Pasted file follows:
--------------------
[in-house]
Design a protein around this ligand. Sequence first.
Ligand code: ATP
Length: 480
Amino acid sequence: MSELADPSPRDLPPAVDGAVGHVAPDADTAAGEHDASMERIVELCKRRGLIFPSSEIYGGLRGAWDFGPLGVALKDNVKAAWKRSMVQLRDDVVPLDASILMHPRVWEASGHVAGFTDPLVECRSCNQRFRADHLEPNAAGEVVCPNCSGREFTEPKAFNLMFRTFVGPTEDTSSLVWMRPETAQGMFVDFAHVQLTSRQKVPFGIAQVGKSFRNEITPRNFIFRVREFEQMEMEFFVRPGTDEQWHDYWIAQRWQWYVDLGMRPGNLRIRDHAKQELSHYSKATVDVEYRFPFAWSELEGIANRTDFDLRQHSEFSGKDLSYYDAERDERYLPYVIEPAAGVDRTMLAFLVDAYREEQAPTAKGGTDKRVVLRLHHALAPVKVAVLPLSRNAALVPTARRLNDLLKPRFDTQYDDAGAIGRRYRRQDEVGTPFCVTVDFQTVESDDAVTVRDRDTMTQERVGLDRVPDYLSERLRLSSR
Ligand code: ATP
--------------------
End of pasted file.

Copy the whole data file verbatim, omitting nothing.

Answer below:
[in-house]
Design a protein around this ligand. Sequence first.
Ligand code: ATP
Length: 480
Amino acid sequence: MSELADPSPRDLPPAVDGAVGHVAPDADTAAGEHDASMERIVELCKRRGLIFPSSEIYGGLRGAWDFGPLGVALKDNVKAAWKRSMVQLRDDVVPLDASILMHPRVWEASGHVAGFTDPLVECRSCNQRFRADHLEPNAAGEVVCPNCSGREFTEPKAFNLMFRTFVGPTEDTSSLVWMRPETAQGMFVDFAHVQLTSRQKVPFGIAQVGKSFRNEITPRNFIFRVREFEQMEMEFFVRPGTDEQWHDYWIAQRWQWYVDLGMRPGNLRIRDHAKQELSHYSKATVDVEYRFPFAWSELEGIANRTDFDLRQHSEFSGKDLSYYDAERDERYLPYVIEPAAGVDRTMLAFLVDAYREEQAPTAKGGTDKRVVLRLHHALAPVKVAVLPLSRNAALVPTARRLNDLLKPRFDTQYDDAGAIGRRYRRQDEVGTPFCVTVDFQTVESDDAVTVRDRDTMTQERVGLDRVPDYLSERLRLSSR
Ligand code: ATP